Fracking sites UK: fracking meaning explained, why it was banned - and possible fracking locations in England
Fracking was banned in the UK in 2019 after a report from the Oil and Gas Authority found there was no way to accurately predict tremors
England’s fracking ban has been lifted as Liz Truss’s Government vowed to explore all avenues to improve energy security.
Business and Energy Secretary Jacob Rees-Mogg said the impact of Vladimir Putin’s invasion of Ukraine means securing domestic energy supplies is vital as he defended lifting the moratorium on fracking, which has been in place since 2019 after a series of tremors caused by the process.
Fracking will continue to be illegal in Scotland, with First Minister Nicola Sturgeon stating that fracking is “a devolved matter” and the Scottish government’s position is “unchanged”.
She added: “We do not intend to grant licences for fracking.”
But what is fracking - and where could it take place in England? Here’s everything you need to know.
What is fracking?
Fracking, which is short for hydraulic fracturing, is the process of extracting oil and natural gas from shale rock.
It involves drilling a vertical well into the shale rock, penetrating the surface horizontally.
Chemicals and water are pumped into the well at a high pressure casuing fractures in the shale which allows the oil and gas to escape to the surface.
Fracking is a controversial process as it has been linked to water pollution and climate change, with many countries banning the practise in Europe.
Where could fracking take place in the UK?
According to The British Geological Survey (BGS) there are three areas in England where fracking could be possible due to shale gas reserves.
These areas are:
- Carboniferous Bowland–Hodder area in Lancashire and the Midlands
- Jurassic Weald Basin in south England
- Wessex area in south England
The BGS undertook research into potential fracking areas between 2013-2016, providing the Department for Business, Energy and Industrial Strategy (BEIS), with estimates of potential shale gas reserves.
Why was fracking banned?
The government banned fracking in the UK in November 2019 after a report from the Oil and Gas Authority (OGA) found that the process could not be done in a way to accurately predict tremors.
Tremors and earthquakes have long been associated with fracking and started to make headlines after locals complained about the activity at a site on Preston New Road.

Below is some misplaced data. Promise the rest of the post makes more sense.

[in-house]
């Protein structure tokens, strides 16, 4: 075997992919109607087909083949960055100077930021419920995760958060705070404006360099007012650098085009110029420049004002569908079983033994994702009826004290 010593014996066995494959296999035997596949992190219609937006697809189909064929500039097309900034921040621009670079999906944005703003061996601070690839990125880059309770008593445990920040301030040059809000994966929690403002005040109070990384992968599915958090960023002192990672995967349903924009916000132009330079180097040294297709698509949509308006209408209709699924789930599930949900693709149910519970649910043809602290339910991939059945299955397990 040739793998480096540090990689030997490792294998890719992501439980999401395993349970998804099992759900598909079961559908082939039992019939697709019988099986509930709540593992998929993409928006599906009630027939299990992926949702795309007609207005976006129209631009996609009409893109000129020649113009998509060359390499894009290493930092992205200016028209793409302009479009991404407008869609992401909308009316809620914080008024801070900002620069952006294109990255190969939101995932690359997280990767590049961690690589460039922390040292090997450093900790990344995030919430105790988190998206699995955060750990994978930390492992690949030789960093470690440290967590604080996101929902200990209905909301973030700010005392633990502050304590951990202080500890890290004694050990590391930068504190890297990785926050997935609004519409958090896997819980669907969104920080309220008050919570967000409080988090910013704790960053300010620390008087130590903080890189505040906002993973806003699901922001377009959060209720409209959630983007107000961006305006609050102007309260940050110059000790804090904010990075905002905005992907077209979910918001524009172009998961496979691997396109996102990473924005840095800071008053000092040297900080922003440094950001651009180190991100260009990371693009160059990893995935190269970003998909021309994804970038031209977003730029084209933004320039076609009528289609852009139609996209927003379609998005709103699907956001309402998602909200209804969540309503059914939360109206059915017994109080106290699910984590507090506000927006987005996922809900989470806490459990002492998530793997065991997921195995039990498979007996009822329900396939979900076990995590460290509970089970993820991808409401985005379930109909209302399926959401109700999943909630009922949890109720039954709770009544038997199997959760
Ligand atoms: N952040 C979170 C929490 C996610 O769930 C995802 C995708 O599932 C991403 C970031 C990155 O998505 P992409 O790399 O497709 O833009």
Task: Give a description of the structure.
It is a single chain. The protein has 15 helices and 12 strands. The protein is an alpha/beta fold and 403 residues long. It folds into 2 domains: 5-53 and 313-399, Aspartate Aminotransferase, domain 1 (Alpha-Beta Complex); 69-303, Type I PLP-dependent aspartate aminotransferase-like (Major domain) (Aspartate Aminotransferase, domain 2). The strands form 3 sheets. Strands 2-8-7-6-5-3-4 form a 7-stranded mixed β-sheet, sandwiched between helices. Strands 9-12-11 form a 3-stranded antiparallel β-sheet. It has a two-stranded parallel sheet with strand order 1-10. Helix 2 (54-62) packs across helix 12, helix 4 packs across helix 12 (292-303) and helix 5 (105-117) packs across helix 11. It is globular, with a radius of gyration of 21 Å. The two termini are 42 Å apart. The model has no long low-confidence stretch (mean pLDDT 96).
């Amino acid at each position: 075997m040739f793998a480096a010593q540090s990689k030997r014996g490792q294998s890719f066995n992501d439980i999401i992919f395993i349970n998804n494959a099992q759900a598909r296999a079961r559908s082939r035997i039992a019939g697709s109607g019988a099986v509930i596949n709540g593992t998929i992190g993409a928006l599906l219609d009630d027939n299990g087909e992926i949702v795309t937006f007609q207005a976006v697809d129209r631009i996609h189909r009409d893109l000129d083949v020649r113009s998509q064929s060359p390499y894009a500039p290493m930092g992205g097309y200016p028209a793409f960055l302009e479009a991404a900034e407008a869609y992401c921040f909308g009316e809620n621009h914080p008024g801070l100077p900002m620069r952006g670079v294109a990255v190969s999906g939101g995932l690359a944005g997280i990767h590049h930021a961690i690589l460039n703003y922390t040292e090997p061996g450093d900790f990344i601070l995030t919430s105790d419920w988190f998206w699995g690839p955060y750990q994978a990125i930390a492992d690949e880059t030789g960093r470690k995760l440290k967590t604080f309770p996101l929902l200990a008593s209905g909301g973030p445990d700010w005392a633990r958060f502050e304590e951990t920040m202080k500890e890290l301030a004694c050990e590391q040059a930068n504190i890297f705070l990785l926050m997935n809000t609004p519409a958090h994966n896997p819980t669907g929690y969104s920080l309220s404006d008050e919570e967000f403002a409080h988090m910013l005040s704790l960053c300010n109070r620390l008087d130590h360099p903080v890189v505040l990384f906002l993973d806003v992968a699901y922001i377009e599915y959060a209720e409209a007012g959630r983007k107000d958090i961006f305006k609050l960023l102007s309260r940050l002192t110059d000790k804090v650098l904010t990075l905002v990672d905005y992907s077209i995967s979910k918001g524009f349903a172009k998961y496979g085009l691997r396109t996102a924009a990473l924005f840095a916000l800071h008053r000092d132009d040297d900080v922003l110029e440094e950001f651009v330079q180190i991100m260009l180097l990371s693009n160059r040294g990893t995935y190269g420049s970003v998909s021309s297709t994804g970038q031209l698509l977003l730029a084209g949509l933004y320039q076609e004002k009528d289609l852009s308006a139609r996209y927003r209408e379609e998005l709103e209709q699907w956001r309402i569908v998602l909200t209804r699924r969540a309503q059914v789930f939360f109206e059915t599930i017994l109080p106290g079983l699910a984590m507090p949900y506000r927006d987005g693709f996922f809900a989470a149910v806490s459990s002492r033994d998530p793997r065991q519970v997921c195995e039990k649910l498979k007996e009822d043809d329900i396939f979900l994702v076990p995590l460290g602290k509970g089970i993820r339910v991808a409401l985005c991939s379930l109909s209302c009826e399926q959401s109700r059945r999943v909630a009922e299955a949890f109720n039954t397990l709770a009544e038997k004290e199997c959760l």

The report deemed that predicting when these tremors would occur was “not possible with current technology.”
Following on from the report fracking was immediately banned, with proposals for fracking sites no longer accepted.
Speaking about the report at the time, Business and Energy Secretary Andrea Leadsom said: “Whilst acknowledging the huge potential of UK shale gas to provide a bridge to a zero carbon future, I’ve also always been clear that shale gas exploration must be carried out safely.
“In the UK, we have been led by the best available scientific evidence, and closely regulated by the Oil and Gas Authority, one of the best regulators in the world.
“After reviewing the OGA’s report into recent seismic activity at Preston New Road, it is clear that we cannot rule out future unacceptable impacts on the local community.
“For this reason, I have concluded that we should put a moratorium on fracking in England with immediate effect.”
Is fracking bad?
Fracking has been associated with minor earthquakes and tremors in the UK.
In 2011 a total of 58 earthquakes were linked to fracking in Preese Hall, Preston, with one measuring 2.2 on the Richter scale.
Whilst in 2019, 120 tremors were recorded during drilling for shale gas extraction in Preston, with one measuring 2.9 on the Richter scale.
It was these incidents that led to fracking being banned in the UK as predicting the tremors was “not possible with current technology.”
As well as earthquakes, fracking has also been linked to water pollution, an investigation by the New York Times in 2014 found water spills at a fracking site in North Dakota had “impacted surface and groundwater”.
But in a 2015 report by the US Environmental Protection Agency (EPA) fracking was cleared of “widespread” and “systematic” pollution.
What has Jacob Reese-Mogg said about fracking?
Reese-Mogg, Business and Energy Secretary, has uggested limits on acceptable levels of seismic activity are too restrictive and said the Government is determined to “realise any potential sources of domestic gas”.
Rees-Mogg said: “In light of Putin’s illegal invasion of Ukraine and weaponisation of energy, strengthening our energy security is an absolute priority, and – as the Prime Minister said – we are going to ensure the UK is a net energy exporter by 2040.
“To get there we will need to explore all avenues available to us through solar, wind, oil and gas production – so it’s right that we’ve lifted the pause to realise any potential sources of domestic gas.”
The Department for Business, Energy and Industrial Strategy (BEIS) said lifting the ban means future applications will be considered “where there is local support”.
He added that while the Government will “always try to limit disturbance” to those living and working near to fracking sites, “tolerating a higher degree of risk and disturbance appears to us to be in the national interest”.
Truss insisted she will not authorise “anything that carries a risk” but “I’m clear that energy security is vital”.
Shadow climate secretary Ed Miliband said: “Fracking is a dangerous fantasy – it would do nothing to cut energy bills, costs more than renewables, and is unsafe.
“The Tories have broken another promise because they are more interested in standing up for the fossil fuel lobby than the British people.”